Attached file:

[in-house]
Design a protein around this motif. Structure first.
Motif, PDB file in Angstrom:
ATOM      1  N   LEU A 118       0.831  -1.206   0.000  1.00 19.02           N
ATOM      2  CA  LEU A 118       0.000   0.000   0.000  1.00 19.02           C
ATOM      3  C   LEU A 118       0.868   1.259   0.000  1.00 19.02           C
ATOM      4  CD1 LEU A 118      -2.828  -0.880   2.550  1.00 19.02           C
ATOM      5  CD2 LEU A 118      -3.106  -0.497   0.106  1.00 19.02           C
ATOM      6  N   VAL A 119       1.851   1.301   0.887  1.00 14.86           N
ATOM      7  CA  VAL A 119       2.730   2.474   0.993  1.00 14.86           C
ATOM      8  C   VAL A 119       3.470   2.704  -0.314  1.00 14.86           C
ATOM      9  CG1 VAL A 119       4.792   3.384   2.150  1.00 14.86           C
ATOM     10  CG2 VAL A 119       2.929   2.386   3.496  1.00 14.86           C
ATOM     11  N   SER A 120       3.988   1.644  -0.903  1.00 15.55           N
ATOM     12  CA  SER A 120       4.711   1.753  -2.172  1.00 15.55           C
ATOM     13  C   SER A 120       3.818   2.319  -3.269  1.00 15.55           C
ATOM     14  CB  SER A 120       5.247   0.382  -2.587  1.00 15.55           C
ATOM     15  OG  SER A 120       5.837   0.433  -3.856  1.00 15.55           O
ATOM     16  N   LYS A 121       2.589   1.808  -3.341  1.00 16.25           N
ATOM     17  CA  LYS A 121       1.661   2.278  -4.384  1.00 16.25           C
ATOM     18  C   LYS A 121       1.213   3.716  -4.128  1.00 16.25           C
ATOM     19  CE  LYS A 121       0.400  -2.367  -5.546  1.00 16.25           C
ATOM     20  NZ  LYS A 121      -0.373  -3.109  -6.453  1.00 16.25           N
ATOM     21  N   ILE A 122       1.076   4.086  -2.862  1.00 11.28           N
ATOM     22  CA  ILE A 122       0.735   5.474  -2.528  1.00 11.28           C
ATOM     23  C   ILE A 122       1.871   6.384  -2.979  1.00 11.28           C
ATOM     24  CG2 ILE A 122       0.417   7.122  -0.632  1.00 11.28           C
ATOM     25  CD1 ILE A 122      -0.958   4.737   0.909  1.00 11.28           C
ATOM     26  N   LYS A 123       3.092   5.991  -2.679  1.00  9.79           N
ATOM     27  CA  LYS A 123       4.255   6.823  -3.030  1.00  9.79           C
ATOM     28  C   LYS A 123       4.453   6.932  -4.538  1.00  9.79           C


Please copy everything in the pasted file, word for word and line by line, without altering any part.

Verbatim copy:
[in-house]
Design a protein around this motif. Structure first.
Motif, PDB file in Angstrom:
ATOM      1  N   LEU A 118       0.831  -1.206   0.000  1.00 19.02           N
ATOM      2  CA  LEU A 118       0.000   0.000   0.000  1.00 19.02           C
ATOM      3  C   LEU A 118       0.868   1.259   0.000  1.00 19.02           C
ATOM      4  CD1 LEU A 118      -2.828  -0.880   2.550  1.00 19.02           C
ATOM      5  CD2 LEU A 118      -3.106  -0.497   0.106  1.00 19.02           C
ATOM      6  N   VAL A 119       1.851   1.301   0.887  1.00 14.86           N
ATOM      7  CA  VAL A 119       2.730   2.474   0.993  1.00 14.86           C
ATOM      8  C   VAL A 119       3.470   2.704  -0.314  1.00 14.86           C
ATOM      9  CG1 VAL A 119       4.792   3.384   2.150  1.00 14.86           C
ATOM     10  CG2 VAL A 119       2.929   2.386   3.496  1.00 14.86           C
ATOM     11  N   SER A 120       3.988   1.644  -0.903  1.00 15.55           N
ATOM     12  CA  SER A 120       4.711   1.753  -2.172  1.00 15.55           C
ATOM     13  C   SER A 120       3.818   2.319  -3.269  1.00 15.55           C
ATOM     14  CB  SER A 120       5.247   0.382  -2.587  1.00 15.55           C
ATOM     15  OG  SER A 120       5.837   0.433  -3.856  1.00 15.55           O
ATOM     16  N   LYS A 121       2.589   1.808  -3.341  1.00 16.25           N
ATOM     17  CA  LYS A 121       1.661   2.278  -4.384  1.00 16.25           C
ATOM     18  C   LYS A 121       1.213   3.716  -4.128  1.00 16.25           C
ATOM     19  CE  LYS A 121       0.400  -2.367  -5.546  1.00 16.25           C
ATOM     20  NZ  LYS A 121      -0.373  -3.109  -6.453  1.00 16.25           N
ATOM     21  N   ILE A 122       1.076   4.086  -2.862  1.00 11.28           N
ATOM     22  CA  ILE A 122       0.735   5.474  -2.528  1.00 11.28           C
ATOM     23  C   ILE A 122       1.871   6.384  -2.979  1.00 11.28           C
ATOM     24  CG2 ILE A 122       0.417   7.122  -0.632  1.00 11.28           C
ATOM     25  CD1 ILE A 122      -0.958   4.737   0.909  1.00 11.28           C
ATOM     26  N   LYS A 123       3.092   5.991  -2.679  1.00  9.79           N
ATOM     27  CA  LYS A 123       4.255   6.823  -3.030  1.00  9.79           C
ATOM     28  C   LYS A 123       4.453   6.932  -4.538  1.00  9.79           C